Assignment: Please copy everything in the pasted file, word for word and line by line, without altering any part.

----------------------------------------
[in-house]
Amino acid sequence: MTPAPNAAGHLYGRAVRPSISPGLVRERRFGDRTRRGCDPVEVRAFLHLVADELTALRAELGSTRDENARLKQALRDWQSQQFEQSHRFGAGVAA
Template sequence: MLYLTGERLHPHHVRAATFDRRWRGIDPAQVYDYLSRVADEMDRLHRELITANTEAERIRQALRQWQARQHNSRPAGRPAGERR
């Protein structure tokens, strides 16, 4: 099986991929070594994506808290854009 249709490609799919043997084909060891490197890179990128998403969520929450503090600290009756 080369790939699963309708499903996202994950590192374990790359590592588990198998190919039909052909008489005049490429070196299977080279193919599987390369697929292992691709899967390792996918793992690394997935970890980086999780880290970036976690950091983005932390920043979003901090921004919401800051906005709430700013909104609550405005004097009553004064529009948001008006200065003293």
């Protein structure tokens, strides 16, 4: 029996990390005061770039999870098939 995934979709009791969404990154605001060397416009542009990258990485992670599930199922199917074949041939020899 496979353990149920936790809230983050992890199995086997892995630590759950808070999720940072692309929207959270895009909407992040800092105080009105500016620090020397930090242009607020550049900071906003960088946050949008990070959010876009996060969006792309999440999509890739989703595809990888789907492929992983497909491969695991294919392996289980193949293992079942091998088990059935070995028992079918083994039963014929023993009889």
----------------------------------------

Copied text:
[in-house]
Amino acid sequence: MTPAPNAAGHLYGRAVRPSISPGLVRERRFGDRTRRGCDPVEVRAFLHLVADELTALRAELGSTRDENARLKQALRDWQSQQFEQSHRFGAGVAA
Template sequence: MLYLTGERLHPHHVRAATFDRRWRGIDPAQVYDYLSRVADEMDRLHRELITANTEAERIRQALRQWQARQHNSRPAGRPAGERR
């Protein structure tokens, strides 16, 4: 099986991929070594994506808290854009 249709490609799919043997084909060891490197890179990128998403969520929450503090600290009756 080369790939699963309708499903996202994950590192374990790359590592588990198998190919039909052909008489005049490429070196299977080279193919599987390369697929292992691709899967390792996918793992690394997935970890980086999780880290970036976690950091983005932390920043979003901090921004919401800051906005709430700013909104609550405005004097009553004064529009948001008006200065003293």
């Protein structure tokens, strides 16, 4: 029996990390005061770039999870098939 995934979709009791969404990154605001060397416009542009990258990485992670599930199922199917074949041939020899 496979353990149920936790809230983050992890199995086997892995630590759950808070999720940072692309929207959270895009909407992040800092105080009105500016620090020397930090242009607020550049900071906003960088946050949008990070959010876009996060969006792309999440999509890739989703595809990888789907492929992983497909491969695991294919392996289980193949293992079942091998088990059935070995028992079918083994039963014929023993009889």